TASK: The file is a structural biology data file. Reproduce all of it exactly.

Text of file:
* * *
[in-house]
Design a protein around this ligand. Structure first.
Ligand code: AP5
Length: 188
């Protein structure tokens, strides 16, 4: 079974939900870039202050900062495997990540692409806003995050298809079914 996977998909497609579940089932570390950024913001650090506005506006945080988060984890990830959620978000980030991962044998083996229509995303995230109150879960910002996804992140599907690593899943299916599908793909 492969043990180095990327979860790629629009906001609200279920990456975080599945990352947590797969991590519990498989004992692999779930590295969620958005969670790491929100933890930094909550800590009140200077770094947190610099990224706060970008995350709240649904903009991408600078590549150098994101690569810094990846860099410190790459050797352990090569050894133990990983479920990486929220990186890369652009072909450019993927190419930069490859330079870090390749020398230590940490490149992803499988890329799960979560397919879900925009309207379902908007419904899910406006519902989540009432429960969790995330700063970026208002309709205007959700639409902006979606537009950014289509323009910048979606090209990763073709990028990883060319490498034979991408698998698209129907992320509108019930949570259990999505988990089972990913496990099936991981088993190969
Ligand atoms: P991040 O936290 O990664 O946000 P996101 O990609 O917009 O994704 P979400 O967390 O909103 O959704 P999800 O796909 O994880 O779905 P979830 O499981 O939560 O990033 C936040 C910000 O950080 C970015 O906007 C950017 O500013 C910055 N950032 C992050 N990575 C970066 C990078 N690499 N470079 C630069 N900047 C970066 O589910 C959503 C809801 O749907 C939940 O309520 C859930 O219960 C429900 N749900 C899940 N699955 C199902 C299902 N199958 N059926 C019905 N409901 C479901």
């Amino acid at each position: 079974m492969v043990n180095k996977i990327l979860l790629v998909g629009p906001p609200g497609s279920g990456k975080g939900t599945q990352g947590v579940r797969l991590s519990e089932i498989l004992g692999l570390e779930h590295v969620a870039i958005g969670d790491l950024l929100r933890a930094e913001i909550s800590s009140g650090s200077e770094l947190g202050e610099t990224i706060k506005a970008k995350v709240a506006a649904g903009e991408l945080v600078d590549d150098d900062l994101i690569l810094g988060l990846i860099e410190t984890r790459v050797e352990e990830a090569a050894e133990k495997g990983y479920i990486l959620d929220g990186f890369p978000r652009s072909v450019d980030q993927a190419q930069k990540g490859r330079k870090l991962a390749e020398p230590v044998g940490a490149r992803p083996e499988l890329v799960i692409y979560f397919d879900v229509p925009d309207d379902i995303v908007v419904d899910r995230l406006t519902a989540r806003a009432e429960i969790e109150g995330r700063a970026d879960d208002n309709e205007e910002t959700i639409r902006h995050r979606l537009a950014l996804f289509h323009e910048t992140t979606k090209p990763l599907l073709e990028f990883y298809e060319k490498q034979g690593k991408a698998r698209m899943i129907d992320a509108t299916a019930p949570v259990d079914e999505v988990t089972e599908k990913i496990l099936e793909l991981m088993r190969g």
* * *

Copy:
[in-house]
Design a protein around this ligand. Structure first.
Ligand code: AP5
Length: 188
């Protein structure tokens, strides 16, 4: 079974939900870039202050900062495997990540692409806003995050298809079914 996977998909497609579940089932570390950024913001650090506005506006945080988060984890990830959620978000980030991962044998083996229509995303995230109150879960910002996804992140599907690593899943299916599908793909 492969043990180095990327979860790629629009906001609200279920990456975080599945990352947590797969991590519990498989004992692999779930590295969620958005969670790491929100933890930094909550800590009140200077770094947190610099990224706060970008995350709240649904903009991408600078590549150098994101690569810094990846860099410190790459050797352990090569050894133990990983479920990486929220990186890369652009072909450019993927190419930069490859330079870090390749020398230590940490490149992803499988890329799960979560397919879900925009309207379902908007419904899910406006519902989540009432429960969790995330700063970026208002309709205007959700639409902006979606537009950014289509323009910048979606090209990763073709990028990883060319490498034979991408698998698209129907992320509108019930949570259990999505988990089972990913496990099936991981088993190969
Ligand atoms: P991040 O936290 O990664 O946000 P996101 O990609 O917009 O994704 P979400 O967390 O909103 O959704 P999800 O796909 O994880 O779905 P979830 O499981 O939560 O990033 C936040 C910000 O950080 C970015 O906007 C950017 O500013 C910055 N950032 C992050 N990575 C970066 C990078 N690499 N470079 C630069 N900047 C970066 O589910 C959503 C809801 O749907 C939940 O309520 C859930 O219960 C429900 N749900 C899940 N699955 C199902 C299902 N199958 N059926 C019905 N409901 C479901």
């Amino acid at each position: 079974m492969v043990n180095k996977i990327l979860l790629v998909g629009p906001p609200g497609s279920g990456k975080g939900t599945q990352g947590v579940r797969l991590s519990e089932i498989l004992g692999l570390e779930h590295v969620a870039i958005g969670d790491l950024l929100r933890a930094e913001i909550s800590s009140g650090s200077e770094l947190g202050e610099t990224i706060k506005a970008k995350v709240a506006a649904g903009e991408l945080v600078d590549d150098d900062l994101i690569l810094g988060l990846i860099e410190t984890r790459v050797e352990e990830a090569a050894e133990k495997g990983y479920i990486l959620d929220g990186f890369p978000r652009s072909v450019d980030q993927a190419q930069k990540g490859r330079k870090l991962a390749e020398p230590v044998g940490a490149r992803p083996e499988l890329v799960i692409y979560f397919d879900v229509p925009d309207d379902i995303v908007v419904d899910r995230l406006t519902a989540r806003a009432e429960i969790e109150g995330r700063a970026d879960d208002n309709e205007e910002t959700i639409r902006h995050r979606l537009a950014l996804f289509h323009e910048t992140t979606k090209p990763l599907l073709e990028f990883y298809e060319k490498q034979g690593k991408a698998r698209m899943i129907d992320a509108t299916a019930p949570v259990d079914e999505v988990t089972e599908k990913i496990l099936e793909l991981m088993r190969g």